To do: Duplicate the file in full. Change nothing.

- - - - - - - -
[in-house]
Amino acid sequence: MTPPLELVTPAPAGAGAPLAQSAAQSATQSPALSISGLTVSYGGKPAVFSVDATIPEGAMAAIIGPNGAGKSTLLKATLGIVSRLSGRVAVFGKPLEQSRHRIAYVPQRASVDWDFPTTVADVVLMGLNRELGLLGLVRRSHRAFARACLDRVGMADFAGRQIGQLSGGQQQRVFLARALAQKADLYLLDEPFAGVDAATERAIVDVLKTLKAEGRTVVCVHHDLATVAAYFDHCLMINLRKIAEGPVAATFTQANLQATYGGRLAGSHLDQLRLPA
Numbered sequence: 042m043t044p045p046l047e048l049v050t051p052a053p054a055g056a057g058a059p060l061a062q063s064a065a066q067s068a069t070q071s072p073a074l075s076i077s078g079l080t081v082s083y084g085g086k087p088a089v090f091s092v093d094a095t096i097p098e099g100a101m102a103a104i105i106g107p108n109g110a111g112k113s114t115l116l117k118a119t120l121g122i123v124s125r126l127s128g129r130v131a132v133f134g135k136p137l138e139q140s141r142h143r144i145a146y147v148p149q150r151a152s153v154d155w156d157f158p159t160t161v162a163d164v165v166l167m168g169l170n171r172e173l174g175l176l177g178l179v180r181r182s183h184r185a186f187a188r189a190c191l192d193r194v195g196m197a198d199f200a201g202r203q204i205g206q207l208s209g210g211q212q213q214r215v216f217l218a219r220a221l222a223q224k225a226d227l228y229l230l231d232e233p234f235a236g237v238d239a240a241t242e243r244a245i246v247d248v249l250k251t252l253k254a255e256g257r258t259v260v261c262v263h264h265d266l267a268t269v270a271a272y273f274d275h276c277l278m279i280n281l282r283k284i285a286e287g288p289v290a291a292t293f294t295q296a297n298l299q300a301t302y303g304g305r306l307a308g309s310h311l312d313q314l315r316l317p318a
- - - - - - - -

[in-house]
Amino acid sequence: MTPPLELVTPAPAGAGAPLAQSAAQSATQSPALSISGLTVSYGGKPAVFSVDATIPEGAMAAIIGPNGAGKSTLLKATLGIVSRLSGRVAVFGKPLEQSRHRIAYVPQRASVDWDFPTTVADVVLMGLNRELGLLGLVRRSHRAFARACLDRVGMADFAGRQIGQLSGGQQQRVFLARALAQKADLYLLDEPFAGVDAATERAIVDVLKTLKAEGRTVVCVHHDLATVAAYFDHCLMINLRKIAEGPVAATFTQANLQATYGGRLAGSHLDQLRLPA
Numbered sequence: 042m043t044p045p046l047e048l049v050t051p052a053p054a055g056a057g058a059p060l061a062q063s064a065a066q067s068a069t070q071s072p073a074l075s076i077s078g079l080t081v082s083y084g085g086k087p088a089v090f091s092v093d094a095t096i097p098e099g100a101m102a103a104i105i106g107p108n109g110a111g112k113s114t115l116l117k118a119t120l121g122i123v124s125r126l127s128g129r130v131a132v133f134g135k136p137l138e139q140s141r142h143r144i145a146y147v148p149q150r151a152s153v154d155w156d157f158p159t160t161v162a163d164v165v166l167m168g169l170n171r172e173l174g175l176l177g178l179v180r181r182s183h184r185a186f187a188r189a190c191l192d193r194v195g196m197a198d199f200a201g202r203q204i205g206q207l208s209g210g211q212q213q214r215v216f217l218a219r220a221l222a223q224k225a226d227l228y229l230l231d232e233p234f235a236g237v238d239a240a241t242e243r244a245i246v247d248v249l250k251t252l253k254a255e256g257r258t259v260v261c262v263h264h265d266l267a268t269v270a271a272y273f274d275h276c277l278m279i280n281l282r283k284i285a286e287g288p289v290a291a292t293f294t295q296a297n298l299q300a301t302y303g304g305r306l307a308g309s310h311l312d313q314l315r316l317p318a